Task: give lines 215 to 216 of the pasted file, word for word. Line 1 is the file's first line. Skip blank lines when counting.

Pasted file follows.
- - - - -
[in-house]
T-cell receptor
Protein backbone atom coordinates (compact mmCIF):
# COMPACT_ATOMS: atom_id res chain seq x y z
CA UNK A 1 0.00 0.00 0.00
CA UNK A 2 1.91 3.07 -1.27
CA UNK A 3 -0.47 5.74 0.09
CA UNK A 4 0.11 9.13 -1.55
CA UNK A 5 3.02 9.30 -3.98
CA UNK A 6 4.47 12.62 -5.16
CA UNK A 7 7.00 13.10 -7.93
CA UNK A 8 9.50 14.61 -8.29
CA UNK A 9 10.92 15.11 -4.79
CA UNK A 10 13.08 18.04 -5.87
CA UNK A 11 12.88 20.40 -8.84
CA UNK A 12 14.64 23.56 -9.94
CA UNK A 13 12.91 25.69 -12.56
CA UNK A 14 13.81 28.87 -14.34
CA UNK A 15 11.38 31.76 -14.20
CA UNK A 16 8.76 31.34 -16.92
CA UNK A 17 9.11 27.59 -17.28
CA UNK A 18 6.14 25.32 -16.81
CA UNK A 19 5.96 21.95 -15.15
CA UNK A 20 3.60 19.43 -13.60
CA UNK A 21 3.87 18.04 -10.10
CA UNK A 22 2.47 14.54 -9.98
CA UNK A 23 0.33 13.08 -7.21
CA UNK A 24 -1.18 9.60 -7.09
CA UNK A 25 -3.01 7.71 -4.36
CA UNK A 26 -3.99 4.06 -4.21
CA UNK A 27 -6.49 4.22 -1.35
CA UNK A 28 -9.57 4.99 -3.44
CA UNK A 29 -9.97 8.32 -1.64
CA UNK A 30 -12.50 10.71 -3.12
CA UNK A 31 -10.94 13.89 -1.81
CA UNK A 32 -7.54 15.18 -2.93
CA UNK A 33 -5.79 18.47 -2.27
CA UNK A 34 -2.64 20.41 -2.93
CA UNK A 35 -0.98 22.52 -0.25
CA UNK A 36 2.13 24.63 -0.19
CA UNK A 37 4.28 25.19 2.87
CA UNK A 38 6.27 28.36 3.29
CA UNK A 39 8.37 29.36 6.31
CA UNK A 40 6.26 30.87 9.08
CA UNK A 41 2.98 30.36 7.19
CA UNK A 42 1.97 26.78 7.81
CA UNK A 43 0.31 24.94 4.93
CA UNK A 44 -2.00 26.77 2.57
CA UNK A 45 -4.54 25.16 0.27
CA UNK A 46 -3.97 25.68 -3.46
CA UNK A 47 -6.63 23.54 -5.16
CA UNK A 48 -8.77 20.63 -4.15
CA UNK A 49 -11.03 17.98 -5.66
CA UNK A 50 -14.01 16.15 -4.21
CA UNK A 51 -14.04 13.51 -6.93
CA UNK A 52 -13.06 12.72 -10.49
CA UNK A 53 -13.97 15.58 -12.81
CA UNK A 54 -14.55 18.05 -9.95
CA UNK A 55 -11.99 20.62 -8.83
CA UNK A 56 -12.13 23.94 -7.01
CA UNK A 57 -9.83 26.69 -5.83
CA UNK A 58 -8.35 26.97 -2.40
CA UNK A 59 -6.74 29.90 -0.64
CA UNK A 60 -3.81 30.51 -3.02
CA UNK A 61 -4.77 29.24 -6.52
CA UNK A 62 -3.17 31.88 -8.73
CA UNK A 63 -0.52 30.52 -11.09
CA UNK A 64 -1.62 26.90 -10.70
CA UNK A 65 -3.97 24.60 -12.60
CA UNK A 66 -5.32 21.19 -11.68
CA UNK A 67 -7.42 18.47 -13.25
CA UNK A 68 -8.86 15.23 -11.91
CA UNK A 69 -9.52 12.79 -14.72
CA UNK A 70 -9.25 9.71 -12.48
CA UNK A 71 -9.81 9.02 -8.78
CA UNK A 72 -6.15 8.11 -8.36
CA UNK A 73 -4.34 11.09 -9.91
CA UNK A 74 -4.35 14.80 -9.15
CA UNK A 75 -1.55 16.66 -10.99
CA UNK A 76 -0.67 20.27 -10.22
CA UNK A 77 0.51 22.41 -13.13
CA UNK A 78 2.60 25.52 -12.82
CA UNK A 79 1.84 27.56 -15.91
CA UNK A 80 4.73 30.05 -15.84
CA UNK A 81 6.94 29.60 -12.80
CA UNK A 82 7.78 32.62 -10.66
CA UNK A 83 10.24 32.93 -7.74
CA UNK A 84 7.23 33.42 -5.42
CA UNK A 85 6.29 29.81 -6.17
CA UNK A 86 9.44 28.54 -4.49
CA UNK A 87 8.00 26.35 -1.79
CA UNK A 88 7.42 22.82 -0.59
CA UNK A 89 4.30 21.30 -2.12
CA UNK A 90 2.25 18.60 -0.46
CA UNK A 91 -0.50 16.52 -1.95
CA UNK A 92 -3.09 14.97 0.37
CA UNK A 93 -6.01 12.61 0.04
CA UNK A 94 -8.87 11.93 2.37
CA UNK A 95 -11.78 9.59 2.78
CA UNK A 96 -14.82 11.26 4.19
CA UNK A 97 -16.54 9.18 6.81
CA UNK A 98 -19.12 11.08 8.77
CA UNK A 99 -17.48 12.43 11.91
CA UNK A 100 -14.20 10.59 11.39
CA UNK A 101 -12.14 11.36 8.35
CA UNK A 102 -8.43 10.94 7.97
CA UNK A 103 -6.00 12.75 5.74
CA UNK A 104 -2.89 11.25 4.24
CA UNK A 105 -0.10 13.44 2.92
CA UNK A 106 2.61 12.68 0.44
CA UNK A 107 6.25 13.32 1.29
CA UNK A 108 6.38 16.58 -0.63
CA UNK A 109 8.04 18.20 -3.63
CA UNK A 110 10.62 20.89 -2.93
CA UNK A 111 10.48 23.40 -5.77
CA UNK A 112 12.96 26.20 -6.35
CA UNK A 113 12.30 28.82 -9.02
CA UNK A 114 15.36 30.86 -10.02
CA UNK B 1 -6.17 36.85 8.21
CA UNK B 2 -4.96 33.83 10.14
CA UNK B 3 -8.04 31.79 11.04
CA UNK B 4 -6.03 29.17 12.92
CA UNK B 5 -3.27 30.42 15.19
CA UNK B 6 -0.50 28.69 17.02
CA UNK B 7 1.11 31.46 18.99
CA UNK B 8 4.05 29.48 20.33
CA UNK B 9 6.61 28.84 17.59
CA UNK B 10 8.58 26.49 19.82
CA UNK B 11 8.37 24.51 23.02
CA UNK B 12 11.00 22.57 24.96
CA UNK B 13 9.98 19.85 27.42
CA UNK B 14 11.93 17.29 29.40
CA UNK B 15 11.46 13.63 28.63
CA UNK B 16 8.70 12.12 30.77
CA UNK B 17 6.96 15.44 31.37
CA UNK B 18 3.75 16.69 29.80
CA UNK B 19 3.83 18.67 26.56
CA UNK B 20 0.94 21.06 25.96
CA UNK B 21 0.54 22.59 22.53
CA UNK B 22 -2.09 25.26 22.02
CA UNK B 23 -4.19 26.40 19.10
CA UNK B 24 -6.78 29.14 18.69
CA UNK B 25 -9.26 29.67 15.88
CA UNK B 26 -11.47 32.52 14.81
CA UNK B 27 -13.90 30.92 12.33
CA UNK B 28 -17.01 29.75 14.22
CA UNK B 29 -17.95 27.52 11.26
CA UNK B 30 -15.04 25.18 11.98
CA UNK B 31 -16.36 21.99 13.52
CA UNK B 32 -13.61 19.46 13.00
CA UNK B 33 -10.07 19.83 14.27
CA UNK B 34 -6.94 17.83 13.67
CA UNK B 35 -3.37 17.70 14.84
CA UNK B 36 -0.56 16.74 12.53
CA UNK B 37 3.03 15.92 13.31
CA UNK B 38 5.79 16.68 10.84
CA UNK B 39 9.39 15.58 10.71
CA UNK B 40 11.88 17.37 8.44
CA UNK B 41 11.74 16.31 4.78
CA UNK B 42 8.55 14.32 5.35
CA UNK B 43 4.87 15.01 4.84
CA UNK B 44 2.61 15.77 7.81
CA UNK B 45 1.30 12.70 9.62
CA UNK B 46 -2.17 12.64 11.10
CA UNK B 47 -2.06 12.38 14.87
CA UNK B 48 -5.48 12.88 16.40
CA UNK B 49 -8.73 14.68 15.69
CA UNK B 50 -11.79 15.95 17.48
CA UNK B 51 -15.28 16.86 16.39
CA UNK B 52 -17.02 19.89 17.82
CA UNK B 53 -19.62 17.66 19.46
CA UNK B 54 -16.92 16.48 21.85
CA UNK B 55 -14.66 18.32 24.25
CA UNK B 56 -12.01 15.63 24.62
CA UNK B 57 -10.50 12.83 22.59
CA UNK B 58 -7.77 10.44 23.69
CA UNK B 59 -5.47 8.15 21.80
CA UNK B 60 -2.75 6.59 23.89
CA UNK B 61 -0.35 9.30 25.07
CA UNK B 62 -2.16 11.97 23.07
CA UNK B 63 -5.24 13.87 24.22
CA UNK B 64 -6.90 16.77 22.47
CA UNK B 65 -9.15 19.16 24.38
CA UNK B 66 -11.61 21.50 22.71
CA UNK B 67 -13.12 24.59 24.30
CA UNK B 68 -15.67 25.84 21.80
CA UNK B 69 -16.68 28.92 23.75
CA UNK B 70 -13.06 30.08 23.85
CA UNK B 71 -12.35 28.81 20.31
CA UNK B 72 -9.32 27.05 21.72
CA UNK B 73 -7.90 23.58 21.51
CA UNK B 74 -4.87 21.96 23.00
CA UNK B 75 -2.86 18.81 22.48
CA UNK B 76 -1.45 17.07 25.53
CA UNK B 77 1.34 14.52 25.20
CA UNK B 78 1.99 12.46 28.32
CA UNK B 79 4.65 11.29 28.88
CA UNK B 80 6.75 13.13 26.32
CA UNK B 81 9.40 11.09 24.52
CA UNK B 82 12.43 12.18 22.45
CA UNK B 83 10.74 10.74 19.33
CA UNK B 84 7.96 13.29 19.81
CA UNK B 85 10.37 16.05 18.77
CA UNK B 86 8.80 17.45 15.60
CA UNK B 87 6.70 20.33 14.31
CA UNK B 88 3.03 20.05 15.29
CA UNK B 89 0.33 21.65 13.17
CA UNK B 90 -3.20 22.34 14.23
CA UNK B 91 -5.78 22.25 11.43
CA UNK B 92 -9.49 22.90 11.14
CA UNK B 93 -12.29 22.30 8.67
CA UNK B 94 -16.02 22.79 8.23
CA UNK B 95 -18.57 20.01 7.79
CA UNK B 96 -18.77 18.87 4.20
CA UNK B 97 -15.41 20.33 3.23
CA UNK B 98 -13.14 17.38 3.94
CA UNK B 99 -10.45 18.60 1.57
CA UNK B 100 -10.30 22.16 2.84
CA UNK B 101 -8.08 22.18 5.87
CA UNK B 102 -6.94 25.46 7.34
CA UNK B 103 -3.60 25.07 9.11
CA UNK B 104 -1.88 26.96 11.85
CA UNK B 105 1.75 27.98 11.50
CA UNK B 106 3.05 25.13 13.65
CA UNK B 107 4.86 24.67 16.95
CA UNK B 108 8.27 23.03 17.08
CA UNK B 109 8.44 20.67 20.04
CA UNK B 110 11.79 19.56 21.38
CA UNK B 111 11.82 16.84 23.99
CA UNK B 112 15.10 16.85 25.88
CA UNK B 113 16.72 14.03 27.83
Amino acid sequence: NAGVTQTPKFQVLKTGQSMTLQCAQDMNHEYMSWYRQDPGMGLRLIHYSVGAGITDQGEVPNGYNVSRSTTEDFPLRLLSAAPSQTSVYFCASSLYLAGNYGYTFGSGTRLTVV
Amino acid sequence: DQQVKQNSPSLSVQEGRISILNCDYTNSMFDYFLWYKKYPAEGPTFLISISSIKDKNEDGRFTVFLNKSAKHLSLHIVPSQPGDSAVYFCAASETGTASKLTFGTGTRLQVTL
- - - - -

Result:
CA UNK B 97 -15.41 20.33 3.23
CA UNK B 98 -13.14 17.38 3.94